HALL: Let's get to the list. The first one was a big surprise: Weight.

    Dr. RAJ: Sure. So recent research shows that being overweight and certainly being obese increases your risk of guesting headaches . So we can just add this to the list of the bad health effects of being overweight. And...

    HALL: Do we know specifically why?

    Dr. RAJ: We're not really sure why, but it has been shown that losing weight can actually help with headaches .

    HALL: Mm-hmm.

    Dr. RAJ: So if you're very overweight, you're experiencing very frequent headaches , it's time to really look at your weight.

    HALL: Also, you can look at your personality. How does your personality trigger a headache ?

    Dr. RAJ: Sure. And this is not so easy to change but...

    HALL: Yeah.

    Dr. RAJ: know, there is the typical sort of type-A, very stressed-out personality. And many headaches are caused by stress. So if you're feeling particularly under the gun ad having a lot of headaches , it's time to do something about it. Meditation, yoga, even having some counseling could really help with your headaches .

    HALL: Just find a way to decompress, take yourself out of the moment sometimes.

    Dr. RAJ: Exactly.

    HALL: Also, skipped meals. You hear that a lot, people say, `Oh, gosh, I didn't get anything to eat today, my head is killing me.'

    Dr. RAJ: Right. So this is a hunger headache , which a lot of us experience. We're very busy, we end up skipping meals, but it's really important to not do that. And have some healthy snacks around...

    HALL: Mm-hmm.

    Dr. RAJ: that you maintain an even level of blood sugar so that you don't get a headache .

    HALL: Is there something in particular that would work fast?

    Dr. RAJ: Well, almonds are great.

    HALL: Mm-hmm.

    Dr. RAJ: You know, fruits, vegetables. You want to avoid the very high sugary sweet foods because that'll give you a rush, but then a crash and you could get a worse headache after that.

    HALL: And some people get a headache in the morning, or at least they believe, because they didn't have their caffeine boost of coffee, but you say drinking too much caffeine can cause headaches .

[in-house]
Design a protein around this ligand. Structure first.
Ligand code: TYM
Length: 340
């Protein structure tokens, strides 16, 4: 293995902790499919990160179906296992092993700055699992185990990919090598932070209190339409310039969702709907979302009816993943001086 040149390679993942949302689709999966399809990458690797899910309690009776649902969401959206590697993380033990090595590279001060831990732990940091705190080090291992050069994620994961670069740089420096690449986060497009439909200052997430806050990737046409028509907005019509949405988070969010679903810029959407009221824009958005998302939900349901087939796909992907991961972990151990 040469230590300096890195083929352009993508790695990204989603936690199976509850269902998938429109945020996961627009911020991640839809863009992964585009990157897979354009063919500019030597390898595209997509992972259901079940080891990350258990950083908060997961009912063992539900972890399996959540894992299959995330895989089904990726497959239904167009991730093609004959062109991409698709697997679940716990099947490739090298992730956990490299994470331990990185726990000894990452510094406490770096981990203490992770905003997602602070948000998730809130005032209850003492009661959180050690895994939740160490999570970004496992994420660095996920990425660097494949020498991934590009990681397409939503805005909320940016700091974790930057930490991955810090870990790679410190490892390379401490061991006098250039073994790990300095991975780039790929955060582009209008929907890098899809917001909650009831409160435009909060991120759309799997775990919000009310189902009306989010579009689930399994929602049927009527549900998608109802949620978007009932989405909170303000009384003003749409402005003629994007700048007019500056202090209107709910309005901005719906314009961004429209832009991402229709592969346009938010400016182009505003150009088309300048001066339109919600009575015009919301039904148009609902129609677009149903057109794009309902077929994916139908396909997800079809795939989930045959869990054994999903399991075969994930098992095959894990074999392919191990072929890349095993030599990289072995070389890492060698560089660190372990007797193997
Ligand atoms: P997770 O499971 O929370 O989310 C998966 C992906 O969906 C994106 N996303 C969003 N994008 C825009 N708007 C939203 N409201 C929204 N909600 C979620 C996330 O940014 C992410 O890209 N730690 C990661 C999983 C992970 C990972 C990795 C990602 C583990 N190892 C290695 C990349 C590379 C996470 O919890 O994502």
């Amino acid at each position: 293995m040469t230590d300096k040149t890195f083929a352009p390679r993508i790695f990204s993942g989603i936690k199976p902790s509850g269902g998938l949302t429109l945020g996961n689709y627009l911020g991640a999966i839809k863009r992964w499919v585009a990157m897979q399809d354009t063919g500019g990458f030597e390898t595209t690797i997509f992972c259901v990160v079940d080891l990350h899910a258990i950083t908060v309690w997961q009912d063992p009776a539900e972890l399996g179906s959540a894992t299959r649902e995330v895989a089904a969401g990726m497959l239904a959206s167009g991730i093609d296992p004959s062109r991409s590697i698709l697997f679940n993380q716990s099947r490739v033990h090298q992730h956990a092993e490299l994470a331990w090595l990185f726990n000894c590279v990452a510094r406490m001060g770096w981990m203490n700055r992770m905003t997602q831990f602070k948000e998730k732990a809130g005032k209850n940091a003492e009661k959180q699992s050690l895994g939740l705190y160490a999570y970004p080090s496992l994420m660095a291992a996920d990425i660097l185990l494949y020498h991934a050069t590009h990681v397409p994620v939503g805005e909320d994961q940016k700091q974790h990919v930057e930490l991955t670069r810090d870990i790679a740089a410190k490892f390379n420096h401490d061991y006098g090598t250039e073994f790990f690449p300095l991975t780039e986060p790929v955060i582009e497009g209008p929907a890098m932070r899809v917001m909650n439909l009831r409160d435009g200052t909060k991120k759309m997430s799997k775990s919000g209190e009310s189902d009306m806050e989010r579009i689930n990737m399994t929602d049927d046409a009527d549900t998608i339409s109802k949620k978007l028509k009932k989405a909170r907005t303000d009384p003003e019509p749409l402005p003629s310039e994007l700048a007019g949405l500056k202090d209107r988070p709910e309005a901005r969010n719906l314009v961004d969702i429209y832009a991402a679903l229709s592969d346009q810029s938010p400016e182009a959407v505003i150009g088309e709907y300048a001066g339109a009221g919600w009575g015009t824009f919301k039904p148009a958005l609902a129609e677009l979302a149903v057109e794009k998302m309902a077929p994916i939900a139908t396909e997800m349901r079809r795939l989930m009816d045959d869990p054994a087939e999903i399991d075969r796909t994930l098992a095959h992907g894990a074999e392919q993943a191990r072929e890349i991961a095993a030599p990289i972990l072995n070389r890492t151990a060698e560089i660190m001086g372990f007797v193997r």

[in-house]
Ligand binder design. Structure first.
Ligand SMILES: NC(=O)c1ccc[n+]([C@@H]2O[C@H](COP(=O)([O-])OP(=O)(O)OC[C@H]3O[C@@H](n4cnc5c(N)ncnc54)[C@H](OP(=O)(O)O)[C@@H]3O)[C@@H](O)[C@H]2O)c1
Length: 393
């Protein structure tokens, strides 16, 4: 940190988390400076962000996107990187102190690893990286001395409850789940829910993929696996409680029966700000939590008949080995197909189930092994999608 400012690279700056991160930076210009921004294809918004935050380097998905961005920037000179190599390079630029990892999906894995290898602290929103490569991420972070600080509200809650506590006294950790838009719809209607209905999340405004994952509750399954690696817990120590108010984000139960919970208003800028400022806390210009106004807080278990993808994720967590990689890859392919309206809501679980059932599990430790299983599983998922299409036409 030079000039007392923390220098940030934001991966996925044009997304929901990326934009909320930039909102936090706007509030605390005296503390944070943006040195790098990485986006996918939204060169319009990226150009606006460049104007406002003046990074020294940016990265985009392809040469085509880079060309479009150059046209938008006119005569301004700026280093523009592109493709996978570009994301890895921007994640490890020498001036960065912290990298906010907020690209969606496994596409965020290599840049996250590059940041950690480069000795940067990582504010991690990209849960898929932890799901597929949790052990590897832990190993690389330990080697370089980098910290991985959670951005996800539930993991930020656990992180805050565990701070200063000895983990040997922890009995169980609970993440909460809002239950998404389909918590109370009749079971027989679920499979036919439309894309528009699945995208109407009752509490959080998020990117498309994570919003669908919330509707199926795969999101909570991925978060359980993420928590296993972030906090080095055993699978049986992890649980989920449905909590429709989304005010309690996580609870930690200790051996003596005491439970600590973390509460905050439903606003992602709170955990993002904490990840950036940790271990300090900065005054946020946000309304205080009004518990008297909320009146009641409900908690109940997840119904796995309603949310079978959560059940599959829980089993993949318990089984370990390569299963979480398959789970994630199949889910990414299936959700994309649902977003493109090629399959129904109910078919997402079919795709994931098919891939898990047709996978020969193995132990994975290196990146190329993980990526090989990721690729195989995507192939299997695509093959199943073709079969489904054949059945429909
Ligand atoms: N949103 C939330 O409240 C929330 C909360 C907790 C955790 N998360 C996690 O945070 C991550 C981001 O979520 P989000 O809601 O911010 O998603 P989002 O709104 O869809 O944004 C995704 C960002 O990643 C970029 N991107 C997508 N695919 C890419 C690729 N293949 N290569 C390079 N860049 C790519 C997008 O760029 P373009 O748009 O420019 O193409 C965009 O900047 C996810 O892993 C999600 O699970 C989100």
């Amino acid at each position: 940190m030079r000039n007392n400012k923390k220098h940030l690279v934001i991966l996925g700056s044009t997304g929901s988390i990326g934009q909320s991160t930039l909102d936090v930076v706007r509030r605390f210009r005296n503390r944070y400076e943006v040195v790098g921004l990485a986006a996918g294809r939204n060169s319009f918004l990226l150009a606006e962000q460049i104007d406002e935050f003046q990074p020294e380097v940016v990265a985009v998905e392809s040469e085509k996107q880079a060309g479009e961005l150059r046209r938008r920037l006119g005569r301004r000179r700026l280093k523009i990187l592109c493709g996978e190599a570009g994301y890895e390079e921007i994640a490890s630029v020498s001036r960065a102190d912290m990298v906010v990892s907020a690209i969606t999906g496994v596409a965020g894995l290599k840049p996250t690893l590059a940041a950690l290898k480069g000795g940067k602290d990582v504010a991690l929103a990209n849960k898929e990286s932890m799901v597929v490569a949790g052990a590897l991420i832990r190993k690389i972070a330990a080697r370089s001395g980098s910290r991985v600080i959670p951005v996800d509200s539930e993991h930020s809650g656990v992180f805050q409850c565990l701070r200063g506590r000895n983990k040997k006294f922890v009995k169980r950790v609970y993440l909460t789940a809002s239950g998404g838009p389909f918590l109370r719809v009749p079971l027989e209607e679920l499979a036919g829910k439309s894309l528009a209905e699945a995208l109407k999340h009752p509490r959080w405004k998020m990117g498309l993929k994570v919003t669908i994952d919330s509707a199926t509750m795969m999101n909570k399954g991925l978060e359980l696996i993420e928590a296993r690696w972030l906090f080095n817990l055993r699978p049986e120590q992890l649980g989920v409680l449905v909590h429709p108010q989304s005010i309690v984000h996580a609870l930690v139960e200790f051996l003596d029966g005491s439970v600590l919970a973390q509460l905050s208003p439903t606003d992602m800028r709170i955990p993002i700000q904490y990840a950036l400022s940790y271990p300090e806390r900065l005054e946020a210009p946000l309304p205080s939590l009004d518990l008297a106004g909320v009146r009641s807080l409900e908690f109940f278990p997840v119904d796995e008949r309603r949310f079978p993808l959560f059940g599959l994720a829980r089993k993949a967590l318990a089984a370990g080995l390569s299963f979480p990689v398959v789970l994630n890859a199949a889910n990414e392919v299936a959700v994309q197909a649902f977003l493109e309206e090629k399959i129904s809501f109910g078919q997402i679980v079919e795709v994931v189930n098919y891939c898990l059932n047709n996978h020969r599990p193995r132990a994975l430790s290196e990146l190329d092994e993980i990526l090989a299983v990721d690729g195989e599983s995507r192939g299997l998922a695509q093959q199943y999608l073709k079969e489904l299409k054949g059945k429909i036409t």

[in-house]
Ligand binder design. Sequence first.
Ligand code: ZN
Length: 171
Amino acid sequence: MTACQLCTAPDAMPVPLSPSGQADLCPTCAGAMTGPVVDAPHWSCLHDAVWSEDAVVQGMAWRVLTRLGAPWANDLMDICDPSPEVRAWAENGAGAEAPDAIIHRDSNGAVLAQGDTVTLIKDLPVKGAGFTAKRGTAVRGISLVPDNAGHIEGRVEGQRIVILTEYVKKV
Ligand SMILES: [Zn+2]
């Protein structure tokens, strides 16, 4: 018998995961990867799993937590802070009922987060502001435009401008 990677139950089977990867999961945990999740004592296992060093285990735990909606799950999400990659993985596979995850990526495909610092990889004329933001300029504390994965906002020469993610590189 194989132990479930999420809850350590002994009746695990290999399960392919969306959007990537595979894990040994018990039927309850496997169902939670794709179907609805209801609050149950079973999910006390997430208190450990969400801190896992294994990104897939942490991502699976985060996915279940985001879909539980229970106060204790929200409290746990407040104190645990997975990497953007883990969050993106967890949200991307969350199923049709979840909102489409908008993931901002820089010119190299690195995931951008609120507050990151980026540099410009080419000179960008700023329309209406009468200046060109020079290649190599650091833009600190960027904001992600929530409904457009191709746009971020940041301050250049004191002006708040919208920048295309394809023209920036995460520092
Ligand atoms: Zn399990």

Dr. RAJ: Yeah, caffeine is really interesting. Caffeine is actually one of the ingredients in many migraine medicines, so it helps with certain types of headaches .

    HALL: Mm-hmm.

    Dr. RAJ: But if you're a frequent caffeine drinker, you can actually get a caffeine headache , you actually get sort of a rebound.

    HALL: Ah.

    Dr. RAJ: As soon as you get a little bit of withdrawal, you get that headache . So the key here is to cut down on caffeine but do it gradually, you really need to taper it very slowly.

    HALL: Another one on your list that really surprised me, dehydration. How does that cause headaches ?

    Dr. RAJ: Yeah. So when you're dehydrated, you're not getting enough blood flowing through your veins and to your brain, that can cause a headache . So you want to make sure you're well hydrated. This doesn't necessarily mean you have to drink a lot of water...

    HALL: Right.

    Dr. RAJ: ...but fluids and even fruits and vegetables, many of them have a lot of water in them. Especially if you're exercising or on hot summer days...

    HALL: Mm-hmm.

    Dr. RAJ: ...make sure you're well hydrated.

    HALL: That's a good time -- a good point for this time of the year.

    Dr. RAJ: Yeah.

    HALL: And not being active in activity? How does that cause -- I mean, you would think that that's your relaxed mode.

    Dr. RAJ: Yeah. Yeah. You know what, it's been shown that exercise -- people who exercise regularly get less headaches than people who don't. So we're not exactly sure why, it may have to do with the blood that's circulating, getting to your brain, you know, really refreshing everything. But it's just important for every part of your life to exercise but also for your headaches .

    HALL: Right. So another good reason to exercise.

    Dr. RAJ: Yeah.

    HALL: And this is another one people identify with, sleep deprivation . You just don't get enough sleep and you even wake up sometimes with a headache .

    Dr. RAJ: That's right . So studies have shown people who get six hours or fewer of sleep...

    HALL: Uh-huh .

    Dr. RAJ: ...have more headaches , so try to get more of that. The other thing is to maintain a regular sleep routine, it's very tempting to sleep in on the weekends till noon...

    HALL: Mm-hmm.

    Dr. RAJ: ...but it really messes up your entire sleep schedule. So that could make headaches worse. You want to maintain the same bedtime, the same time you wake up.

    HALL: All right. Thank you so much . And there are some things -- foods that

    can cause headaches: Red wine, beer, MSG , chocolate all on that list that we see here.

    Dr. RAJ: That's right . Those are triggers for some people, not everybody.

    HALL: All right. We'll be aware of those things. Great advice. Thank you so much , Dr. Roshini Raj .